Basic Soul Unit & Eddie Niguel The First Shift
Singaporean outfit Midnight Shift has been running after-hours parties in the Southeast Asian city-state for years. For the most part, the crew has followed the tested pattern of keeping its performers and locations clandestine, but exceptions have been made for such high-profile international guests as Jerome Sydenham and Green Velvet. Midnight Shift's new imprint seems to have been founded on similar principles. The First Shift, its debut release, pairs an established foreigner—Toronto's Stuart Li (a.k.a. Basic Soul Unit)—with Eddie Niguel (a.k.a. Edel), a producer largely unknown outside the city-state.
Li's career is nowhere near as storied as those of the aforementioned guests, but he has lately become a darling of the techno cognoscenti—Steffi released his Soulspeak EP on her Dolly label last year (with a relatively rare Shed remix, to boot), and he recently contributed an EP for the notoriously selective Nonplus as well. There's good reason for this, as his productions have rapidly matured into a signature of complex, punchy rhythms and expansive, exuberant synthesizers. His two tracks here build on that formula. "Late Nite Shift" tightly slots a sturdy, looping melody into a restless framework. The track picks up a considerable amount of momentum as Li drops organ stabs and an array of jacking patterns on top, until it reaches a breaking point and practically everything drops out. When the stabs re-emerge alongside a newly spacious rhythm, it's less a regrouping than an aftershock, as the track tails off without consequence. His second offering, "Black Ice," initially sounds like Li has gone a bit IDM, as he spends its first half occupied with plush padwork and a bleepy, optimistic melody. This all changes midway through, when an arpeggiated synthline explodes out of the unassuming arrangement, the kicks newly thunderous below and primed for the floor.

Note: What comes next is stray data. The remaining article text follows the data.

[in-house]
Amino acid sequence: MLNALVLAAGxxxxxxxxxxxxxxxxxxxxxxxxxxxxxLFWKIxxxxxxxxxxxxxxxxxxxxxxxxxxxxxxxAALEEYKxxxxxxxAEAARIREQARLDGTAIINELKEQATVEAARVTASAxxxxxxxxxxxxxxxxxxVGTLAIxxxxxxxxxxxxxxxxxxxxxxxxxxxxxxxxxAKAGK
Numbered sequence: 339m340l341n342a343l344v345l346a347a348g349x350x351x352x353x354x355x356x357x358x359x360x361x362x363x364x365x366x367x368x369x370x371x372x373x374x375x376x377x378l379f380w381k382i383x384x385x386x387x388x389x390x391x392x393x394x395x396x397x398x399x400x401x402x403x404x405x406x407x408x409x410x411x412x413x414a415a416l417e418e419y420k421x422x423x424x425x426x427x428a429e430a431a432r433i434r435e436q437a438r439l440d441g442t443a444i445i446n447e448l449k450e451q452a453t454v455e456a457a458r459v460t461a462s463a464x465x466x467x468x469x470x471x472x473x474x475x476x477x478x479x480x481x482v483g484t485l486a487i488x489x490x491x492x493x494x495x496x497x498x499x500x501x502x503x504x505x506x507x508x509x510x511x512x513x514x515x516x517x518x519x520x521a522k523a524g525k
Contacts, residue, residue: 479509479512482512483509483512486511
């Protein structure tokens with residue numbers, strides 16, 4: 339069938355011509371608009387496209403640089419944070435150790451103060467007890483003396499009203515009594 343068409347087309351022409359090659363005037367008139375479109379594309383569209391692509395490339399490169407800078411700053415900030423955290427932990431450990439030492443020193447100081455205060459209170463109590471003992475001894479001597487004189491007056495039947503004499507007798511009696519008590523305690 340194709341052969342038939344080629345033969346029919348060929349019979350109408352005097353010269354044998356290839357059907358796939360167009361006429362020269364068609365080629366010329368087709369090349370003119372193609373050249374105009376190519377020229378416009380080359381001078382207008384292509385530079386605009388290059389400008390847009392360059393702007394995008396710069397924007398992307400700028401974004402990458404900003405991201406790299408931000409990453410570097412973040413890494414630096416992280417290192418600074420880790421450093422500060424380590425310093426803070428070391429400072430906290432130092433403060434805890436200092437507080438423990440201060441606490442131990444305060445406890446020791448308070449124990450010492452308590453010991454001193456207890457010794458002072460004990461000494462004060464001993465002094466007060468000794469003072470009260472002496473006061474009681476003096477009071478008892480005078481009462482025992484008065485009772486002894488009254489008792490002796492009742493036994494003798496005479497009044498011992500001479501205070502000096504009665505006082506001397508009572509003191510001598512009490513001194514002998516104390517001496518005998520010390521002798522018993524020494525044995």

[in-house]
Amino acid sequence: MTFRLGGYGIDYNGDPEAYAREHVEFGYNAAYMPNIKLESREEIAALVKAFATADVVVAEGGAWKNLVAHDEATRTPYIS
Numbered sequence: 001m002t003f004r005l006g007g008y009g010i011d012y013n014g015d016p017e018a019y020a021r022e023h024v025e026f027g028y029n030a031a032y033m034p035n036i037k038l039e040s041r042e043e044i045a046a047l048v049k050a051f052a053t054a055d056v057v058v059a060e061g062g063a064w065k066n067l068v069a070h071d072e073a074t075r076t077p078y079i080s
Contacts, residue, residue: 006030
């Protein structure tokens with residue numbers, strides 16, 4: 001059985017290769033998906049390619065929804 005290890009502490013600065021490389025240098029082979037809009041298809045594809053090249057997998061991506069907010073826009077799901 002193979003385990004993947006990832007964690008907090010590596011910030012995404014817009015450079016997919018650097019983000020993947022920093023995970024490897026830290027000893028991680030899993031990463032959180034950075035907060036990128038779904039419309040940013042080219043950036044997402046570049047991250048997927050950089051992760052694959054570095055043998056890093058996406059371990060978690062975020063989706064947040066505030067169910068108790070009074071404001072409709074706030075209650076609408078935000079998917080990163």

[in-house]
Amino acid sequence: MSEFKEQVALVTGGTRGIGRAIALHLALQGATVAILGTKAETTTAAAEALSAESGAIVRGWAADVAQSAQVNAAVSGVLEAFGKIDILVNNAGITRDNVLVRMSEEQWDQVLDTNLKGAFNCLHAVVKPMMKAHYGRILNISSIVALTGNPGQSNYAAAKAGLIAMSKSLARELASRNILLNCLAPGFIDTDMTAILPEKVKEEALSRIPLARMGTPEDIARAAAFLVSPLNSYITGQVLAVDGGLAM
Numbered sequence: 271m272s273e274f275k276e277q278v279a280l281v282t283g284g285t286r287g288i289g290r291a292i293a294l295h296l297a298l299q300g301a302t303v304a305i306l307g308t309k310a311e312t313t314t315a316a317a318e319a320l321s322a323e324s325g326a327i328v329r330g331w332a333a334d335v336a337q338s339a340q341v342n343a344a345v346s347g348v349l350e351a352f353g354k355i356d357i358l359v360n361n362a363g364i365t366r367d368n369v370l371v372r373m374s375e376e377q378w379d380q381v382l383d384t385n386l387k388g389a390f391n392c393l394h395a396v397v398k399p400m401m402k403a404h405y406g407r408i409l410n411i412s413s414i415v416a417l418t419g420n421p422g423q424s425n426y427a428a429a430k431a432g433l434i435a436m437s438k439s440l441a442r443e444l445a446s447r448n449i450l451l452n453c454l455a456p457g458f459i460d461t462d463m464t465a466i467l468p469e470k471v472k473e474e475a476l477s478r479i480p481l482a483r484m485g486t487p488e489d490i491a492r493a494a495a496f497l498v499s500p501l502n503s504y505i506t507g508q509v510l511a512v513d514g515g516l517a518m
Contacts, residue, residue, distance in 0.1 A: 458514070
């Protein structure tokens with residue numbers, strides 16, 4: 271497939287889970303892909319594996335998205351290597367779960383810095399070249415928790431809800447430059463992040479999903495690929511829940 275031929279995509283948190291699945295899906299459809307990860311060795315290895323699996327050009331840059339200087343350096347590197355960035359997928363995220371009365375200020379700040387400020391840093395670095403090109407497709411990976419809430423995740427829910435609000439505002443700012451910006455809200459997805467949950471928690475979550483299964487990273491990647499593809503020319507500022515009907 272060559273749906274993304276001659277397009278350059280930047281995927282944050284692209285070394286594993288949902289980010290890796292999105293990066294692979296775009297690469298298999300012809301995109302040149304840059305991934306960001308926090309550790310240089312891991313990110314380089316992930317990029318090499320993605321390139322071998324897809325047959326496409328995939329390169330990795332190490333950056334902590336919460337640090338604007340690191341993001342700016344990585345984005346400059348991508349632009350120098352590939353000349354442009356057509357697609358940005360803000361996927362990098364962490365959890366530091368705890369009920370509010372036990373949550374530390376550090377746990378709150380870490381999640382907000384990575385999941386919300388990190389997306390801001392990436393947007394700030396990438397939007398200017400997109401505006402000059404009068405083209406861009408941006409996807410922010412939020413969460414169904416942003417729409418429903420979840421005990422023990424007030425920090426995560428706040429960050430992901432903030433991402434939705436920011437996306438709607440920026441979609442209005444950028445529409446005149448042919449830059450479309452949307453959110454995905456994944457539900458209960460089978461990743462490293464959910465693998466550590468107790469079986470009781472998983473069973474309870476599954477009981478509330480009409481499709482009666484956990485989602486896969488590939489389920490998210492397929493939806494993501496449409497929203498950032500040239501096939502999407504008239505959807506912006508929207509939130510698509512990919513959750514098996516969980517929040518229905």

Eddie Niguel's side is comparatively polite. On "Paths," he lays stern, metallic stabs alongside gridlocked drums, and while it progresses with a reasonable amount of momentum, it's ultimately rather staid. A bright spot, however, is Niguel's inclusion of high-pitched, tinkling keys, which lends the piece a welcome eeriness. The producer introduces a similar motif on "Absolute," a track that shows him breaking out of his shell a bit more. Niguel stretches the classicist main melody like a rubberband and drops in a series of piercing tones in accompaniment; together, they reach a dizzy, jittery climax above a galloping rhythm. With one side pristine and logical and the other raw and reckless, The First Shift is an open-ended first statement. It'll be interesting to hear what other local talents Midnight Shift has in its ranks, and if the format continues, how they compare with their foreign counterparts.
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